Deductive, Inductive & Hypothetical-Deductive Reasoning in Science

Classified in Philosophy and ethics

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Deductive Method

This method consists in going from general statements to particular statements. From some general judgments or definitions, individual conclusions, that are the necessary consequence of the first, are deduced.

The consistency and validity of this method is unquestionable: if the premises are true, the conclusion will be true as well.

This method is characteristic of formal sciences, although in empirical sciences it is also used in the first part of the investigation, when it is necessary to formulate hypotheses. This method is only feasible and sufficient in the formal sciences. For that reason, it is considered an inadequate method because, although it is useful to construct valid arguments,

Inductive Method

This method starts from particular experiences or statements to formulate a general conclusion. A scientist, after observing that a property or event is repeated in many individual cases, concludes that such property belongs to all individuals of the same type. This general statement is considered as a law. Therefore, this method has been frequently used in the empirical sciences.

Advantages of the Inductive Method:

  • It provides principles or laws applicable to all similar events.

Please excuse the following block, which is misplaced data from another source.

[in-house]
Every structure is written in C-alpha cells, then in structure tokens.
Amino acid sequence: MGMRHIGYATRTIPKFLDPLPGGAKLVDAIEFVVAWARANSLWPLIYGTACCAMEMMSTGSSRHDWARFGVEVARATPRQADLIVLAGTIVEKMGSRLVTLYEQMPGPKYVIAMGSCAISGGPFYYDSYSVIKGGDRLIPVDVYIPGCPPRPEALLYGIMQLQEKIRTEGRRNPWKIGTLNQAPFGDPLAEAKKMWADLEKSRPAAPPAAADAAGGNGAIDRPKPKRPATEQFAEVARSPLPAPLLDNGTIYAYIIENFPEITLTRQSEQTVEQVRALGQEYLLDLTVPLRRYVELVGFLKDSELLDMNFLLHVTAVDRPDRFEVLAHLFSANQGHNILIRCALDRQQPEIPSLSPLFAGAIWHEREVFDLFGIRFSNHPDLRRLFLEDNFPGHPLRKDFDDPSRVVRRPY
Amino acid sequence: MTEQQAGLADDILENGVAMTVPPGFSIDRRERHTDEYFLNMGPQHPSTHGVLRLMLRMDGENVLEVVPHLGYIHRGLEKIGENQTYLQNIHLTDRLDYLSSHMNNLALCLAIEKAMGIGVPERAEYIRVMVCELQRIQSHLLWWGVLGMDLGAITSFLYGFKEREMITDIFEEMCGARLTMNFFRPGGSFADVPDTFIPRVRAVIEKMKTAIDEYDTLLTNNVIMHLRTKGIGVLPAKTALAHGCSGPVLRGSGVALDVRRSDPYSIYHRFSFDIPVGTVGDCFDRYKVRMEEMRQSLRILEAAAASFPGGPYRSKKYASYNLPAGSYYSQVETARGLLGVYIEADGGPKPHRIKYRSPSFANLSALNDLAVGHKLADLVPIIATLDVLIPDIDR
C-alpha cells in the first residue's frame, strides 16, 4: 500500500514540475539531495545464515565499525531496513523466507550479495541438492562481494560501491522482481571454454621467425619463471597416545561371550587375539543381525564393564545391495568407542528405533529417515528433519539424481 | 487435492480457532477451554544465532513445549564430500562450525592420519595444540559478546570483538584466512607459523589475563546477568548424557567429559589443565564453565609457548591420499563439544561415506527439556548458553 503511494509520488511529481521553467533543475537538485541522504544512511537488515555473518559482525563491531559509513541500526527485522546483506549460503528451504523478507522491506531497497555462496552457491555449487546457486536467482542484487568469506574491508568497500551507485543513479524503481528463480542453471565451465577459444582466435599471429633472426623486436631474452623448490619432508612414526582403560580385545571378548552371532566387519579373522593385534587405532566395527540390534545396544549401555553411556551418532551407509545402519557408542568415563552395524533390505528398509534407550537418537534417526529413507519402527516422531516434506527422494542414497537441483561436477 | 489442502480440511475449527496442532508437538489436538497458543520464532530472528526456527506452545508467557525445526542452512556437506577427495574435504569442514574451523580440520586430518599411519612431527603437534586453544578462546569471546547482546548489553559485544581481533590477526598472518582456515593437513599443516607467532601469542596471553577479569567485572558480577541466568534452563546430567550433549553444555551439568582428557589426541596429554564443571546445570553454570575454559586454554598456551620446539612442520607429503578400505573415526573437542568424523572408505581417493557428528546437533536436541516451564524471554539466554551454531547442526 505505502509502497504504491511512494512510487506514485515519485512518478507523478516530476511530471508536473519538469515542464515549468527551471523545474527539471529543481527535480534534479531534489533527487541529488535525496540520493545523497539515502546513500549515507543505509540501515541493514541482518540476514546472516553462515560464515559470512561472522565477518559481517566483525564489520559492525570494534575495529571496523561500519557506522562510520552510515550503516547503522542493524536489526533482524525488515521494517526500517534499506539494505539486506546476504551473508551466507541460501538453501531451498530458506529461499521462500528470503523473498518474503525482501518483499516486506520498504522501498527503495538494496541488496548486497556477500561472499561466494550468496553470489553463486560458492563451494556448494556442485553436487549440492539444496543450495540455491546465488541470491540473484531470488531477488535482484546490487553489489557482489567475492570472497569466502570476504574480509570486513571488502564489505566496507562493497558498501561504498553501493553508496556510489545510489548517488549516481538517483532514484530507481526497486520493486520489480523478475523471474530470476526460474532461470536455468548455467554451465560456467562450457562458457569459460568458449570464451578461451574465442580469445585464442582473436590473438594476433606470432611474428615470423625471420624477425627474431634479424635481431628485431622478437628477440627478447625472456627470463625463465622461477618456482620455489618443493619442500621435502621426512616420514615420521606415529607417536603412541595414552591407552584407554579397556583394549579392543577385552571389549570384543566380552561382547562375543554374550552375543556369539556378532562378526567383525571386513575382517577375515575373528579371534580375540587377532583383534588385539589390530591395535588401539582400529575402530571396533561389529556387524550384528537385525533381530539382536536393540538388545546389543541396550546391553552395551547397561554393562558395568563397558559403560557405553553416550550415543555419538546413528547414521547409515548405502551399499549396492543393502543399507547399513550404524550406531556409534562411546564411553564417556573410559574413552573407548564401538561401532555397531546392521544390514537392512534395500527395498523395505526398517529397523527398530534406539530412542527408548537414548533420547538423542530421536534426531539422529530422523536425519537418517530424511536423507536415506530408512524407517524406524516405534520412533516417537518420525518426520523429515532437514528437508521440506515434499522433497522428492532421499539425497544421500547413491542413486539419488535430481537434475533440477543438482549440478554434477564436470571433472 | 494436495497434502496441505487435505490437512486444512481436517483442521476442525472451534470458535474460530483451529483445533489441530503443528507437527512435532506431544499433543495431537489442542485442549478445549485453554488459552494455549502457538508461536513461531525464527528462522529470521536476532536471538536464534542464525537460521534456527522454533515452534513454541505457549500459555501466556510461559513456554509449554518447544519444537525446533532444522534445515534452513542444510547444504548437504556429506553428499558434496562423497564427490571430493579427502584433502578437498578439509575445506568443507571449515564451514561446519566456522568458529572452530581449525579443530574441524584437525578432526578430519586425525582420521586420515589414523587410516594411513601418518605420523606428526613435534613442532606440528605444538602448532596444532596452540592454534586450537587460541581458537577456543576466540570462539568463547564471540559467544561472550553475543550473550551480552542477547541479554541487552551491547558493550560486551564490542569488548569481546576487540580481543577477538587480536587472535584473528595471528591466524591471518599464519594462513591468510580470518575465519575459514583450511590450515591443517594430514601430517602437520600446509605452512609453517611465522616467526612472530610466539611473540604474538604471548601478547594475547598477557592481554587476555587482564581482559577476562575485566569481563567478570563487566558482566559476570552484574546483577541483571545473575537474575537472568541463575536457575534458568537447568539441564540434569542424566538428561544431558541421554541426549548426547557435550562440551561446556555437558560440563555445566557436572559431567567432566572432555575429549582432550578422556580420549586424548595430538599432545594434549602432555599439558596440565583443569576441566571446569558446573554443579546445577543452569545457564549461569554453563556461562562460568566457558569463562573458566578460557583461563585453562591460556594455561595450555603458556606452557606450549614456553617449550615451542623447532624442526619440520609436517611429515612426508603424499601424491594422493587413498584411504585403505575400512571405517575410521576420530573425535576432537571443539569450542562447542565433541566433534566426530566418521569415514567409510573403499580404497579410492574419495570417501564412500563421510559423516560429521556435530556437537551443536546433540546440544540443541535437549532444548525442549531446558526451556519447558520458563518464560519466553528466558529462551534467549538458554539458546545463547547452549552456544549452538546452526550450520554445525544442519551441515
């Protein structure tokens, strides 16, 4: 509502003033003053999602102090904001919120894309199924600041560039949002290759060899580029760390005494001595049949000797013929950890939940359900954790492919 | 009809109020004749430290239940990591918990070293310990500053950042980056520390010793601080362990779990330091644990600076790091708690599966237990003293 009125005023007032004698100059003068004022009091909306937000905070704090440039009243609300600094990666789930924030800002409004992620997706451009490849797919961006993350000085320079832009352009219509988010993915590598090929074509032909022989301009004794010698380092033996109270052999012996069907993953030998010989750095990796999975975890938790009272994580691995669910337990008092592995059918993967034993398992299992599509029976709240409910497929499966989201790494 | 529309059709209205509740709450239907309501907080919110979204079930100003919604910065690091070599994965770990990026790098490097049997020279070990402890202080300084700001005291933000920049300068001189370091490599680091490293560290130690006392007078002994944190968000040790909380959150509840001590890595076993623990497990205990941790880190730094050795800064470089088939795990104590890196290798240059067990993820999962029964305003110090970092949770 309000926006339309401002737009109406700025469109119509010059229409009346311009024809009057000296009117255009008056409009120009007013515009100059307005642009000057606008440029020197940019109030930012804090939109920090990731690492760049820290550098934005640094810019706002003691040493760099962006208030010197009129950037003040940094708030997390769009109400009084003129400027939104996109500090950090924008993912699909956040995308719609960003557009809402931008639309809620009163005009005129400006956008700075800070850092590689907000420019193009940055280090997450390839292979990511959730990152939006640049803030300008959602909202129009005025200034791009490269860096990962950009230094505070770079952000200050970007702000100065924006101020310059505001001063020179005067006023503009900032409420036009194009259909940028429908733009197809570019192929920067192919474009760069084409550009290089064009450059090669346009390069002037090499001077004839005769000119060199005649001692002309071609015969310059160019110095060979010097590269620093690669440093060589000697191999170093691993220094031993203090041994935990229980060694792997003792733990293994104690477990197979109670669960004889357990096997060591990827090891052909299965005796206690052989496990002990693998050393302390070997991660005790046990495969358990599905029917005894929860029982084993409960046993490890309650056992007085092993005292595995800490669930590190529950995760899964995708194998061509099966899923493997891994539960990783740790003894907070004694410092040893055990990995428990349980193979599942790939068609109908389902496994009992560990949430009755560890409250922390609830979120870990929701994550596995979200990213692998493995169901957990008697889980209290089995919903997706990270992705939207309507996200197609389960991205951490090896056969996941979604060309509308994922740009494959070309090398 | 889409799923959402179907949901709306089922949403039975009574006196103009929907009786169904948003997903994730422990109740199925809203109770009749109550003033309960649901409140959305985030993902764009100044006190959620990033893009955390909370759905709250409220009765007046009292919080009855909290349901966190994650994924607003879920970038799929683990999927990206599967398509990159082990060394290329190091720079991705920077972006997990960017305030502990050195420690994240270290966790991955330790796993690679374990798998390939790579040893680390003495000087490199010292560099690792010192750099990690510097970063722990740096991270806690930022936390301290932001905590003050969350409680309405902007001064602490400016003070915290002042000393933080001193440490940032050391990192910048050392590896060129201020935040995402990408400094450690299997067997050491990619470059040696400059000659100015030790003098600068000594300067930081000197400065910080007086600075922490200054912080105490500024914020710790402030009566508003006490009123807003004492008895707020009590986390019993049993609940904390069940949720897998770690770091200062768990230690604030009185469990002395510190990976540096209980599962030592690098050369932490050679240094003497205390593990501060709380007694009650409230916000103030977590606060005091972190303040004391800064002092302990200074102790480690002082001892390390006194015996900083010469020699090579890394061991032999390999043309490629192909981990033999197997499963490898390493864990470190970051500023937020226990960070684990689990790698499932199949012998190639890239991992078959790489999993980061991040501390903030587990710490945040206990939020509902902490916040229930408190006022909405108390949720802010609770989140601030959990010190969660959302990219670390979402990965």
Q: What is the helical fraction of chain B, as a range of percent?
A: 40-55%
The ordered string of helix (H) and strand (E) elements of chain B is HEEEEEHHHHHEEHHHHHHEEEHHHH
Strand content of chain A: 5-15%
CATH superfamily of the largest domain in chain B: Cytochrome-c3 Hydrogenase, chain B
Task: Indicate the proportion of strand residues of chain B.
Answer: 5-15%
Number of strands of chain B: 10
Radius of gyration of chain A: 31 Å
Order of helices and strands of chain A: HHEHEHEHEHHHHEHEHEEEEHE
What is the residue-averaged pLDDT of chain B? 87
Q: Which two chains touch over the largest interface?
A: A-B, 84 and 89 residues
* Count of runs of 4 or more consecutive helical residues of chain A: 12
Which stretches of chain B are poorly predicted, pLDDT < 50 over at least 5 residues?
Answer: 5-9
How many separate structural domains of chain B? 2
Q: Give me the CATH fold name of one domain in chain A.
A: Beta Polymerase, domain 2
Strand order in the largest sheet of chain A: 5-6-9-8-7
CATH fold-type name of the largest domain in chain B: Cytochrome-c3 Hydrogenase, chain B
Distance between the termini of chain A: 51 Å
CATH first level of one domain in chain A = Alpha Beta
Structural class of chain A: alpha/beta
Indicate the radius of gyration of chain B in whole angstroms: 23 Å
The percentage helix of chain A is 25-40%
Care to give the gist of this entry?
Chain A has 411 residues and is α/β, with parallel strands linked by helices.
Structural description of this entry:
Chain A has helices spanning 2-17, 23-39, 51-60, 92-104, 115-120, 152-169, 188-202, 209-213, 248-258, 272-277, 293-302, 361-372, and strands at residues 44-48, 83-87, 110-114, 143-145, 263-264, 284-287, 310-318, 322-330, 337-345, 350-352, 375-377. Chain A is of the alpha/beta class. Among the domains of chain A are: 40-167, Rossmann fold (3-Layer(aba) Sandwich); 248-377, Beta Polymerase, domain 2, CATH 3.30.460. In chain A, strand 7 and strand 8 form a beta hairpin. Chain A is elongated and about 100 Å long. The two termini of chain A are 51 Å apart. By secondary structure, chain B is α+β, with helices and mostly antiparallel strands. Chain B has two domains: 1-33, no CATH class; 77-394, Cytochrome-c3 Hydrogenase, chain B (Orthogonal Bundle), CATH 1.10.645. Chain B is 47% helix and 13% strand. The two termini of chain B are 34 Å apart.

Problems of the Inductive Method:

  • It is questionable that the scientific procedure begins with neutral observation.
  • The concept of "observation" is problematic because, in modern science, what we call "observation" is often interfered by technology.
  • The validity or reliability of the reached principles by means of induction is also questionable. No matter how many cases we have checked and no matter if they have been very well selected, nothing assures us that all the other possible cases are of the same type and, even less, that future cases are going to also follow the same pattern.

Hypothetical-Deductive Method

This method combines the reference to empirical data obtained from induction and the generality and consistency of the deduction.

Steps of the Hypothetical-Deductive Method:

1. Definition of the Problem

This step starts from the detection of a problematic fact, that is, an event that cannot be explained by means of current theories or contradicts some principles of our current theories.

2. Formulation of the Hypothesis

A possible explanation is proposed, but it must be coherent and consistent with the scientific attitude.

3. Deduction of Consequences

Using the deductive method, we extract the consequences of the hypothesis, if it were true.

4. Validation of the Hypothesis

This process checks whether or not our hypothesis accomplishes the expected consequences. It is necessary to resort to empirical observation of reality. Therefore, it is an inductive step.

However, because of the fact we cannot verify all cases, we can check the validity of the hypothesis from a sufficient number of carefully selected cases.

5. Confirmation or Refutation of the Hypothesis

  • Refutation: One hypothesis is refuted when the expected consequences are not achieved.
  • Confirmation: One hypothesis is confirmed when the expected consequences are accomplished.

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